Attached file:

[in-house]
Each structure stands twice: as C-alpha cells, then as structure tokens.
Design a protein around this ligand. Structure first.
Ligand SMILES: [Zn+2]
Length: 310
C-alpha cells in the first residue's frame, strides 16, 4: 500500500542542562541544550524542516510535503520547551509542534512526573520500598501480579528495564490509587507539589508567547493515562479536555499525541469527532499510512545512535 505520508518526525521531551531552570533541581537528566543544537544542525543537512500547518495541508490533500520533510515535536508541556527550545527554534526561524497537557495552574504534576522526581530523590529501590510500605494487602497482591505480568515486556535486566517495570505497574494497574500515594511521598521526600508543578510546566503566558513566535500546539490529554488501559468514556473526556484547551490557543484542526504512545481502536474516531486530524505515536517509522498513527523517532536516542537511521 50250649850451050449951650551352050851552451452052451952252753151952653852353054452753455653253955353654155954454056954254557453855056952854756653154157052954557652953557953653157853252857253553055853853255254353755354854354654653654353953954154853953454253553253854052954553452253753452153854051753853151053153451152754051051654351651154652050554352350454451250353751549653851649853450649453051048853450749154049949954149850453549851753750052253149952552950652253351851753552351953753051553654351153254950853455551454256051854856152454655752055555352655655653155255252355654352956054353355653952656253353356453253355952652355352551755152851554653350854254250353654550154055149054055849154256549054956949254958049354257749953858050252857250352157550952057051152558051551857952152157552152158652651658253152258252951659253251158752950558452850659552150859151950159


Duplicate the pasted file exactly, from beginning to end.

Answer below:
[in-house]
Each structure stands twice: as C-alpha cells, then as structure tokens.
Design a protein around this ligand. Structure first.
Ligand SMILES: [Zn+2]
Length: 310
C-alpha cells in the first residue's frame, strides 16, 4: 500500500542542562541544550524542516510535503520547551509542534512526573520500598501480579528495564490509587507539589508567547493515562479536555499525541469527532499510512545512535 505520508518526525521531551531552570533541581537528566543544537544542525543537512500547518495541508490533500520533510515535536508541556527550545527554534526561524497537557495552574504534576522526581530523590529501590510500605494487602497482591505480568515486556535486566517495570505497574494497574500515594511521598521526600508543578510546566503566558513566535500546539490529554488501559468514556473526556484547551490557543484542526504512545481502536474516531486530524505515536517509522498513527523517532536516542537511521 50250649850451050449951650551352050851552451452052451952252753151952653852353054452753455653253955353654155954454056954254557453855056952854756653154157052954557652953557953653157853252857253553055853853255254353755354854354654653654353953954154853953454253553253854052954553452253753452153854051753853151053153451152754051051654351651154652050554352350454451250353751549653851649853450649453051048853450749154049949954149850453549851753750052253149952552950652253351851753552351953753051553654351153254950853455551454256051854856152454655752055555352655655653155255252355654352956054353355653952656253353356453253355952652355352551755152851554653350854254250353654550154055149054055849154256549054956949254958049354257749953858050252857250352157550952057051152558051551857952152157552152158652651658253152258252951659253251158752950558452850659552150859151950159